I listened as my stepmother explained over Thanksgiving dinner how strange it was for her to see my age group greatly reflecting the ‘60s, while my younger sister’s age group greatly reflects the ‘80s. As she further explained this idea, I began to wonder, is she right? Are the ‘60s and ‘80s back?
The ‘60s were a time full of “free love,” revolution and, of course, sex and drugs. Traditional values at this time were commonly mocked, as people rebelled against conservative norms and created a world of their own. Woodstock rocked the nation with electrifying music from Jimi Hendrix to Janis Joplin, and a collection of people existed ready to let loose and enjoy each other’s company.
The children of the ‘90s, however, share many common interests with the era of the ‘60s and greatly identify with the culture of that time. My generation, along with that of the ‘60s, was never fully committed to the idea of relationships or the idea of not being able to be with whom they wanted when they wanted was the norm. Not only do the generations seem similar when focusing on relationships, both generations existed during a time of unpopular wars — Vietnam and Iraq, respectively.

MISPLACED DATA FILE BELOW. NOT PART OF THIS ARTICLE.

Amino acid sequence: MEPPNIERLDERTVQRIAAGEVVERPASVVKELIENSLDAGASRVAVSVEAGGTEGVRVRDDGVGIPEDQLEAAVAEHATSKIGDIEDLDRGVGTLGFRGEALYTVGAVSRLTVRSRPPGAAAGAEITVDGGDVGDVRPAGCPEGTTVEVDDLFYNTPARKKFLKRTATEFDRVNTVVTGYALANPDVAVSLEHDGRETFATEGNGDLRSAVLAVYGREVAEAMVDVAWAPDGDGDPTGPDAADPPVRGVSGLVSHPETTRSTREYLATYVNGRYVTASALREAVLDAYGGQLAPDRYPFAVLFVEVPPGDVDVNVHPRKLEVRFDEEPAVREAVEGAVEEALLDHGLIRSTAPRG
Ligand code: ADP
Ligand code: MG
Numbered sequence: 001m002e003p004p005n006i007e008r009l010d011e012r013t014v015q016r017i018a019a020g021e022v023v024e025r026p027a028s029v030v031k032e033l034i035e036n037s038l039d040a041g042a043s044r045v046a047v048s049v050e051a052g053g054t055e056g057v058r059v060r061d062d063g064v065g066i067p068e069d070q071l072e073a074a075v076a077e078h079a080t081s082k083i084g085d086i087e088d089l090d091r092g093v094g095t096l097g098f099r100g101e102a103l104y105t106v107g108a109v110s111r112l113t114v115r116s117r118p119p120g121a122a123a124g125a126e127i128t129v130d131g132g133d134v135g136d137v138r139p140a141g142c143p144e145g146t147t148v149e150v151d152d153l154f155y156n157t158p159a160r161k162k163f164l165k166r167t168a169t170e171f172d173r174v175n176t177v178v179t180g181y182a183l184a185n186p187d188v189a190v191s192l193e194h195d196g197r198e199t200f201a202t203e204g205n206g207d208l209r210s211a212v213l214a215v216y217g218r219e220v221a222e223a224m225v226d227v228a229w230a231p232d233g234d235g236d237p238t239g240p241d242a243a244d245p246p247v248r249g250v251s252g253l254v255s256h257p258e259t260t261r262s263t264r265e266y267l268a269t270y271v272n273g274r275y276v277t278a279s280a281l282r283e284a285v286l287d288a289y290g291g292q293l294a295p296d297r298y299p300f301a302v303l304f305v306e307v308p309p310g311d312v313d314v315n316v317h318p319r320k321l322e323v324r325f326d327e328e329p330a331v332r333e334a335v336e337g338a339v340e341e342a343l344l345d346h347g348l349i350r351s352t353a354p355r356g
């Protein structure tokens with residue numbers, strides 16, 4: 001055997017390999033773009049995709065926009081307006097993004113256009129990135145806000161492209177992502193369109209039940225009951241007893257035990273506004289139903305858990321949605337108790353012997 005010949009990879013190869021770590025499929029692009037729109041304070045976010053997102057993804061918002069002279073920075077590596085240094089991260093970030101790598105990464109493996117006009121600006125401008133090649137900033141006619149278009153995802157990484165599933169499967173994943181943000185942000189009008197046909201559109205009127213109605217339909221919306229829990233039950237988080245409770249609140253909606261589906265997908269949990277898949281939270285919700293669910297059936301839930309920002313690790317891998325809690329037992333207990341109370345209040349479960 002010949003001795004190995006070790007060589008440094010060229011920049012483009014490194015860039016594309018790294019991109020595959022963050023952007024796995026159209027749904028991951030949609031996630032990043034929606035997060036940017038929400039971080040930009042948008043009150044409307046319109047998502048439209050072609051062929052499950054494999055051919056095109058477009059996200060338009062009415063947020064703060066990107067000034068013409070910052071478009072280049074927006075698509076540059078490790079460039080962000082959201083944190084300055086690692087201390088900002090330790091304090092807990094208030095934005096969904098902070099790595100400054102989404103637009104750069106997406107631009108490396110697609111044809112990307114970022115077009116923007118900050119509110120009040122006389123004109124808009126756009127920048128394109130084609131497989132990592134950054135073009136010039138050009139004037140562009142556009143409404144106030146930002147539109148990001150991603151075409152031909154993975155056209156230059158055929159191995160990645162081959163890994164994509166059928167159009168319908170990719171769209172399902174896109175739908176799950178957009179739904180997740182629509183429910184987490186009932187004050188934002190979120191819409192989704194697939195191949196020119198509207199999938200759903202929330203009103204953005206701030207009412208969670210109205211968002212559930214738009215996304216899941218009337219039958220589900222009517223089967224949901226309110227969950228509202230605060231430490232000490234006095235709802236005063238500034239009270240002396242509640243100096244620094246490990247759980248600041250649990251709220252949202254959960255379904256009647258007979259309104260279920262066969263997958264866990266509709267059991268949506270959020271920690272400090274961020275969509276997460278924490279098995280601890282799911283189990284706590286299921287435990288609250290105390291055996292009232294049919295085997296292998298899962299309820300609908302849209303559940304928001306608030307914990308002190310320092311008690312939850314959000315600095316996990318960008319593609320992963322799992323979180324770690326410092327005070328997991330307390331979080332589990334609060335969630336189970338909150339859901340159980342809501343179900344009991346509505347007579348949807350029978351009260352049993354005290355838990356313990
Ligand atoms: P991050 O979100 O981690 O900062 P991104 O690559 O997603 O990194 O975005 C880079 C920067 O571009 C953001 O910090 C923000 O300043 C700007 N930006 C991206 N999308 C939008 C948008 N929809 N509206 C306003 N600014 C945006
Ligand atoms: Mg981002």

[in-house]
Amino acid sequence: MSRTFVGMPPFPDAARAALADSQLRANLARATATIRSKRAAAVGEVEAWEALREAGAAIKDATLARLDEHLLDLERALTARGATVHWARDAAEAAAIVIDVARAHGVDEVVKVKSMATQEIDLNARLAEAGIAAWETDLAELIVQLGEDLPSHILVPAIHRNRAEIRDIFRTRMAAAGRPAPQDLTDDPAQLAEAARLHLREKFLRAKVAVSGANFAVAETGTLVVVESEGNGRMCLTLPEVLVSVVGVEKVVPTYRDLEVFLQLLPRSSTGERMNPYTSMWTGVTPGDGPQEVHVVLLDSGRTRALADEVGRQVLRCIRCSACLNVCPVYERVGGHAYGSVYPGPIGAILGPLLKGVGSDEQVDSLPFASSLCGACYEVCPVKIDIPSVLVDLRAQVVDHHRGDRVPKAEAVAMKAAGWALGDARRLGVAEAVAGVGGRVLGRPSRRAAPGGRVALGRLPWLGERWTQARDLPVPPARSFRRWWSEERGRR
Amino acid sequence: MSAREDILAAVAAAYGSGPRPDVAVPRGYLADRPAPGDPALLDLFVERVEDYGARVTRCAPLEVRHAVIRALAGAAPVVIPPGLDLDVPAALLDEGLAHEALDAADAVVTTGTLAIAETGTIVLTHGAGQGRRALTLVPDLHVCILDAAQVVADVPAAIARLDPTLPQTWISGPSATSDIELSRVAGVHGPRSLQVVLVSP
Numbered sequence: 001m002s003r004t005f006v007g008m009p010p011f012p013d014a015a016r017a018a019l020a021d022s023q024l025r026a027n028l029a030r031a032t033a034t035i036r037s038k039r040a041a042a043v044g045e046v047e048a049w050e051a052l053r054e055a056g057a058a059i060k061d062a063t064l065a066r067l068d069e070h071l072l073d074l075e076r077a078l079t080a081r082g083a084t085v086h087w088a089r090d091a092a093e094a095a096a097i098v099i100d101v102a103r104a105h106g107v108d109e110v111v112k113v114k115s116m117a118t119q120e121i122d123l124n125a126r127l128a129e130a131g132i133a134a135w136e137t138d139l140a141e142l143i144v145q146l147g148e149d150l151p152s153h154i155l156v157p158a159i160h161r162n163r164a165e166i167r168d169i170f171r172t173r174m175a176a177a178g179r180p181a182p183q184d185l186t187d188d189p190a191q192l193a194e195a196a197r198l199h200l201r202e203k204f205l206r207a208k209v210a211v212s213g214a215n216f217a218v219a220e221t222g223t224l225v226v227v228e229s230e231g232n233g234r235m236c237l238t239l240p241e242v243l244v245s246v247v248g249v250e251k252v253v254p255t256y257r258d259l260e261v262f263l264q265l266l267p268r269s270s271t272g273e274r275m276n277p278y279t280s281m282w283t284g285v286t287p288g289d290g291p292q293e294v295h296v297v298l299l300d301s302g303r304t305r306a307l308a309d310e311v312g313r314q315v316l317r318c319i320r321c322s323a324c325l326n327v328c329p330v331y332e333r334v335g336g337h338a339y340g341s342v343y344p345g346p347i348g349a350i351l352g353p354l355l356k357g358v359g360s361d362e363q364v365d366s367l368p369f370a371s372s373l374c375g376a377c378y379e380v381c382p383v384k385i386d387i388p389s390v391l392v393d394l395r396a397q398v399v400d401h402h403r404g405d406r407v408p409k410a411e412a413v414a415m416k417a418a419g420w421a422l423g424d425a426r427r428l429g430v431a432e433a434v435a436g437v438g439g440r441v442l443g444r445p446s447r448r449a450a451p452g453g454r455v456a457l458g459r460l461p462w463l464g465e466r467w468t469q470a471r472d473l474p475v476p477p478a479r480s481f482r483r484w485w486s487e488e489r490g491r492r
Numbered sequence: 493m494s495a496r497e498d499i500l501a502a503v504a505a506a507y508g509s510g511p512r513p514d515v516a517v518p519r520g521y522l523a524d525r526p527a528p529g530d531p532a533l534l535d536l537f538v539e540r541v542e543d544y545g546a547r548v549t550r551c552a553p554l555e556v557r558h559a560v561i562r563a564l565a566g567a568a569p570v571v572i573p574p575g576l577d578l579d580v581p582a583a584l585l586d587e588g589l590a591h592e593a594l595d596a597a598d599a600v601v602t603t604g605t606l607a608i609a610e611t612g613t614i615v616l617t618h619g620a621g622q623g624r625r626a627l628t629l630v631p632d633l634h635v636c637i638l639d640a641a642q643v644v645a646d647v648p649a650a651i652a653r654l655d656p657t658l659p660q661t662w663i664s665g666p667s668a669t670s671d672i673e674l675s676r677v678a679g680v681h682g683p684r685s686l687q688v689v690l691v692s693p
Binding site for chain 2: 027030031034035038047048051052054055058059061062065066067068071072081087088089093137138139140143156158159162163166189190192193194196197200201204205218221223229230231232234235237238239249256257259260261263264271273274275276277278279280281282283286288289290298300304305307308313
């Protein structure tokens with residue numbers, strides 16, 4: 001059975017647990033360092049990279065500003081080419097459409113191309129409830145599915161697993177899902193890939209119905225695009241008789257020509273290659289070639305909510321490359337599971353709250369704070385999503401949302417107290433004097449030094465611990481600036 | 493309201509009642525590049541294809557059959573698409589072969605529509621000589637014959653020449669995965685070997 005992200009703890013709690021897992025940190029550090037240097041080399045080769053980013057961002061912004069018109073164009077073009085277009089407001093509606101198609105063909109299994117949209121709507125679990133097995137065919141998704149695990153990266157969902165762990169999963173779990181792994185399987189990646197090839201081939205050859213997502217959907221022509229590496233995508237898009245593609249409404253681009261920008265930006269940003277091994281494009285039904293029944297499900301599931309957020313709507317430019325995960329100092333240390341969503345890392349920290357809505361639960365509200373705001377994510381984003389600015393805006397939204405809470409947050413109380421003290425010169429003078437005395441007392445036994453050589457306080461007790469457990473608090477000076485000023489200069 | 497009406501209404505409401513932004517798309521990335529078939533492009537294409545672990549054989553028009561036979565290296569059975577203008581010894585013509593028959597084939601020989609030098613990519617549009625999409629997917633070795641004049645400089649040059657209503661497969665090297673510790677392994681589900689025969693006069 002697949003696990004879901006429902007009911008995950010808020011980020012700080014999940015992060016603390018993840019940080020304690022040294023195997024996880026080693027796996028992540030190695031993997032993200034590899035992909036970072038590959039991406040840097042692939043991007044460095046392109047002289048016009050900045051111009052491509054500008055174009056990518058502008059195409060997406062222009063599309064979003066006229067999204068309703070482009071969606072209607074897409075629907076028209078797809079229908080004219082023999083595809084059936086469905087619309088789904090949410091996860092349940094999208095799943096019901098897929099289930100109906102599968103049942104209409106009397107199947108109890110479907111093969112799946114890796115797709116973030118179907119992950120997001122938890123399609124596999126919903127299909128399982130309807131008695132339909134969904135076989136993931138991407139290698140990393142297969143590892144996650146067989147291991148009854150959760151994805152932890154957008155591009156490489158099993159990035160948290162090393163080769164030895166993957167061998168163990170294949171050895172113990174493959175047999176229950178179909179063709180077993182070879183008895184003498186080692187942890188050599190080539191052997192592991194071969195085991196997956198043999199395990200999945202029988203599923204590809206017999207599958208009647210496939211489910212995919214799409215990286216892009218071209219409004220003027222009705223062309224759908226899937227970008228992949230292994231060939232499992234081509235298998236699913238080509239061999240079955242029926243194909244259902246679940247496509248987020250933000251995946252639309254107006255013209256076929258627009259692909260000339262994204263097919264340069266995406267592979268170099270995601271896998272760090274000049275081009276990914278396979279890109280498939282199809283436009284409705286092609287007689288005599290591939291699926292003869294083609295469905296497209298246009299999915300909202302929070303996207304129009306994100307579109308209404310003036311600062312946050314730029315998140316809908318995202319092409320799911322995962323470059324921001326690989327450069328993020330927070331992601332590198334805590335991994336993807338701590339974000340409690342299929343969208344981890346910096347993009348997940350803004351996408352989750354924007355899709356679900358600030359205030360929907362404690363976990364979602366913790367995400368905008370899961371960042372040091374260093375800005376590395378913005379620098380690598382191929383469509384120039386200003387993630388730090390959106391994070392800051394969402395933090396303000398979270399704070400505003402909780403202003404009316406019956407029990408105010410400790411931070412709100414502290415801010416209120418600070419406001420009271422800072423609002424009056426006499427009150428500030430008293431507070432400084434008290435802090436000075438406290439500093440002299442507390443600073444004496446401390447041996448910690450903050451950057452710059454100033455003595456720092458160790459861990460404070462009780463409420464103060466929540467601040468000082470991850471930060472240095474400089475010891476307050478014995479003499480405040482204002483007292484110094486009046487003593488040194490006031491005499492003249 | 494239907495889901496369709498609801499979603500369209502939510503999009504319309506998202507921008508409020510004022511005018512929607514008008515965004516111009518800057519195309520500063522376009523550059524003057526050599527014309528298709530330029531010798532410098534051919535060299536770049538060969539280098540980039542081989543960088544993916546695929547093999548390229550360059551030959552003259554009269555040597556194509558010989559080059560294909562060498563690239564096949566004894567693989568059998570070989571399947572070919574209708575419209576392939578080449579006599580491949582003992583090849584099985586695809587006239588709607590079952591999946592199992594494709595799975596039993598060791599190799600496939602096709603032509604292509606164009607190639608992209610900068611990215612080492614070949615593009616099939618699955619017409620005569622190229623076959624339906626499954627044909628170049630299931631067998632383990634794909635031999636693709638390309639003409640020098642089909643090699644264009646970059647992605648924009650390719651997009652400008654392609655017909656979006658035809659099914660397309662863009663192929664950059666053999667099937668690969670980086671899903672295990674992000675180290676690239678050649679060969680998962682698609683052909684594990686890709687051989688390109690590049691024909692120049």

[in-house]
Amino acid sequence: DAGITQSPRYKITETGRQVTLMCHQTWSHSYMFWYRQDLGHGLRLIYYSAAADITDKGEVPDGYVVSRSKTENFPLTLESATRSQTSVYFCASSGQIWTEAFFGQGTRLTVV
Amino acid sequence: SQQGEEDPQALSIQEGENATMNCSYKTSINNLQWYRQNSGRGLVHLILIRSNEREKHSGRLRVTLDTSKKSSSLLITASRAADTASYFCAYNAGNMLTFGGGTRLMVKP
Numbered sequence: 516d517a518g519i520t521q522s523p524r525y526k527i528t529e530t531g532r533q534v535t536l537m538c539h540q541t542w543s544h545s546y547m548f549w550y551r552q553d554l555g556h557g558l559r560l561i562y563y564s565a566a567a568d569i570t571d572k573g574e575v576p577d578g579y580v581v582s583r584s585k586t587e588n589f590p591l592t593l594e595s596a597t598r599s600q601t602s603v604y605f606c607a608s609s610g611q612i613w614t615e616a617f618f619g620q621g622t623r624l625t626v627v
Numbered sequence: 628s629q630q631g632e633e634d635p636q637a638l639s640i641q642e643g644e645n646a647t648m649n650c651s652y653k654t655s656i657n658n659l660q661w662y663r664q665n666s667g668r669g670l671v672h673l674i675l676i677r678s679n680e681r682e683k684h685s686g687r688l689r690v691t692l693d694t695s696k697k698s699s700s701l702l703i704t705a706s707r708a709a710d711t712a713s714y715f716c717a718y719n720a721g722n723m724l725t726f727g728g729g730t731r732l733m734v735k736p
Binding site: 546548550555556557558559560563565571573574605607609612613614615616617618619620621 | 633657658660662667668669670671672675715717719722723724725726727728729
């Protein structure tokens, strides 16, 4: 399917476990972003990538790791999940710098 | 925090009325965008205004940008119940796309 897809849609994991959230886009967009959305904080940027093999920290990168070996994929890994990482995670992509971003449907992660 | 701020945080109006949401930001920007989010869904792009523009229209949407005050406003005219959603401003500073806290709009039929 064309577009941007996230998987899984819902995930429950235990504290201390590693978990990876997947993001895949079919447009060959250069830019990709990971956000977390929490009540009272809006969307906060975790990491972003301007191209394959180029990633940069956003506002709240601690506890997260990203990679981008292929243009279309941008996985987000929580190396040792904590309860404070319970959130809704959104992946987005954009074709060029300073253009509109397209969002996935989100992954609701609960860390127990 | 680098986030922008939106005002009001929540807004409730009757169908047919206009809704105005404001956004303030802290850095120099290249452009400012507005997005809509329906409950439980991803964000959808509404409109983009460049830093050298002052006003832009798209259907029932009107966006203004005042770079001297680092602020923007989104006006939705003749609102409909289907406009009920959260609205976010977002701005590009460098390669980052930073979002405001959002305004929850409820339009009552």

The people of the ‘60s lived through a long-debated war in Vietnam, as soldiers returning home were greeted by individuals spitting on them for taking part in such a war. The children of the ‘90s lived through the global war on terror. Although the soldiers are greatly admired and appreciated, the war itself was greatly discouraged during the later years.
Not only do those similarities exist, the pop culture of the ‘60s is reflected in the children of the ‘90s, as stores such as Free People and Planet Blue have begun to take hold.
The ‘80s were a time of crop tops, high-waisted jeans and leg warmers. Maybe the ‘80s are back. Not only does my younger sister’s age group follow along with the fashion and music of the ‘80s, they also seem to relate when focusing on relationships. My sister, who is a freshman in high school, has spoken for years about the countless “relationships” in which she finds herself involved.
Perhaps the ‘80s are back. After all, my sister and her friends do spend countless hours playing “MASH” and listening to “Thriller” by Michael Jackson on repeat.
Maybe the ‘60s are taking over my own life. I do have a framed image of John Lennon that is nearly the entire size of my wall with Janis Joplin hanging over my bed. The past is back, and I can’t say I mind.
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